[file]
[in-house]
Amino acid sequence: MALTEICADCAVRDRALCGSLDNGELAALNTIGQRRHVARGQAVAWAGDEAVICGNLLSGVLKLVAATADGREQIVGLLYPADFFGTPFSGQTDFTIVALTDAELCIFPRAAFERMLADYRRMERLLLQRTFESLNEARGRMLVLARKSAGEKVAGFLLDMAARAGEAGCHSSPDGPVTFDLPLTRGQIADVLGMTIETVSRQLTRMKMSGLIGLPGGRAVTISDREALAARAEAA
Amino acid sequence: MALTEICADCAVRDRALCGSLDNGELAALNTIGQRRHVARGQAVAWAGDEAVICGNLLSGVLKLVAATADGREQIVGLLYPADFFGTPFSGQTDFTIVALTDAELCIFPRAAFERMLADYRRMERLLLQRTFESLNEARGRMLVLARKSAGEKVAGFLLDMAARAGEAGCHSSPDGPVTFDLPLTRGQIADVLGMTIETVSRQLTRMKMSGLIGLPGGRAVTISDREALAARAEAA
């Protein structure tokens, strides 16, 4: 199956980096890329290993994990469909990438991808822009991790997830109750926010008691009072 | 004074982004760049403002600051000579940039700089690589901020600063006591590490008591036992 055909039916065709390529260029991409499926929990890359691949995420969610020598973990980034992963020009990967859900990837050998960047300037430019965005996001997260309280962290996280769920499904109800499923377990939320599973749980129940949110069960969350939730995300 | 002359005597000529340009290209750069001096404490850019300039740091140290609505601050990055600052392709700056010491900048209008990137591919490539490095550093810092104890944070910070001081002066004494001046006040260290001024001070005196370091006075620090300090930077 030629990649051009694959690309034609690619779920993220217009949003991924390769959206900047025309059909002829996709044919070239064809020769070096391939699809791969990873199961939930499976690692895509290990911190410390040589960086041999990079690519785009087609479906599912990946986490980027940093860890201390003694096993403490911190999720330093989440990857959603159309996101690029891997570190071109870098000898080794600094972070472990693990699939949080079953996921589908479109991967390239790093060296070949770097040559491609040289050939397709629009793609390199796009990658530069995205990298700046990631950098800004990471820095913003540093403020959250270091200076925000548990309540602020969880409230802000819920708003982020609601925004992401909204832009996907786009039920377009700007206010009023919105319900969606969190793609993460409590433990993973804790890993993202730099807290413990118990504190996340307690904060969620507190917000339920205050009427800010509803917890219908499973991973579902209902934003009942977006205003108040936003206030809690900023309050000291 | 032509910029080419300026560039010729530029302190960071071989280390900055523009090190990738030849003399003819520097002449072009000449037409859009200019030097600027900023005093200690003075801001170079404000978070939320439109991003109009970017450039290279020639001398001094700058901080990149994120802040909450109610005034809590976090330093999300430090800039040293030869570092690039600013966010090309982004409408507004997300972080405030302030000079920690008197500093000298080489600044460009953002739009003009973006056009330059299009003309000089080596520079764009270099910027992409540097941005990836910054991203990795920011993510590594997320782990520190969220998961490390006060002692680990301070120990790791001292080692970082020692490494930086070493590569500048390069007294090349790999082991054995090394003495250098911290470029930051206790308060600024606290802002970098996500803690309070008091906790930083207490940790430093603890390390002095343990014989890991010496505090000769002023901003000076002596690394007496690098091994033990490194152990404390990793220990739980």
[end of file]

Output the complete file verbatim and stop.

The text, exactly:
[in-house]
Amino acid sequence: MALTEICADCAVRDRALCGSLDNGELAALNTIGQRRHVARGQAVAWAGDEAVICGNLLSGVLKLVAATADGREQIVGLLYPADFFGTPFSGQTDFTIVALTDAELCIFPRAAFERMLADYRRMERLLLQRTFESLNEARGRMLVLARKSAGEKVAGFLLDMAARAGEAGCHSSPDGPVTFDLPLTRGQIADVLGMTIETVSRQLTRMKMSGLIGLPGGRAVTISDREALAARAEAA
Amino acid sequence: MALTEICADCAVRDRALCGSLDNGELAALNTIGQRRHVARGQAVAWAGDEAVICGNLLSGVLKLVAATADGREQIVGLLYPADFFGTPFSGQTDFTIVALTDAELCIFPRAAFERMLADYRRMERLLLQRTFESLNEARGRMLVLARKSAGEKVAGFLLDMAARAGEAGCHSSPDGPVTFDLPLTRGQIADVLGMTIETVSRQLTRMKMSGLIGLPGGRAVTISDREALAARAEAA
């Protein structure tokens, strides 16, 4: 199956980096890329290993994990469909990438991808822009991790997830109750926010008691009072 | 004074982004760049403002600051000579940039700089690589901020600063006591590490008591036992 055909039916065709390529260029991409499926929990890359691949995420969610020598973990980034992963020009990967859900990837050998960047300037430019965005996001997260309280962290996280769920499904109800499923377990939320599973749980129940949110069960969350939730995300 | 002359005597000529340009290209750069001096404490850019300039740091140290609505601050990055600052392709700056010491900048209008990137591919490539490095550093810092104890944070910070001081002066004494001046006040260290001024001070005196370091006075620090300090930077 030629990649051009694959690309034609690619779920993220217009949003991924390769959206900047025309059909002829996709044919070239064809020769070096391939699809791969990873199961939930499976690692895509290990911190410390040589960086041999990079690519785009087609479906599912990946986490980027940093860890201390003694096993403490911190999720330093989440990857959603159309996101690029891997570190071109870098000898080794600094972070472990693990699939949080079953996921589908479109991967390239790093060296070949770097040559491609040289050939397709629009793609390199796009990658530069995205990298700046990631950098800004990471820095913003540093403020959250270091200076925000548990309540602020969880409230802000819920708003982020609601925004992401909204832009996907786009039920377009700007206010009023919105319900969606969190793609993460409590433990993973804790890993993202730099807290413990118990504190996340307690904060969620507190917000339920205050009427800010509803917890219908499973991973579902209902934003009942977006205003108040936003206030809690900023309050000291 | 032509910029080419300026560039010729530029302190960071071989280390900055523009090190990738030849003399003819520097002449072009000449037409859009200019030097600027900023005093200690003075801001170079404000978070939320439109991003109009970017450039290279020639001398001094700058901080990149994120802040909450109610005034809590976090330093999300430090800039040293030869570092690039600013966010090309982004409408507004997300972080405030302030000079920690008197500093000298080489600044460009953002739009003009973006056009330059299009003309000089080596520079764009270099910027992409540097941005990836910054991203990795920011993510590594997320782990520190969220998961490390006060002692680990301070120990790791001292080692970082020692490494930086070493590569500048390069007294090349790999082991054995090394003495250098911290470029930051206790308060600024606290802002970098996500803690309070008091906790930083207490940790430093603890390390002095343990014989890991010496505090000769002023901003000076002596690394007496690098091994033990490194152990404390990793220990739980």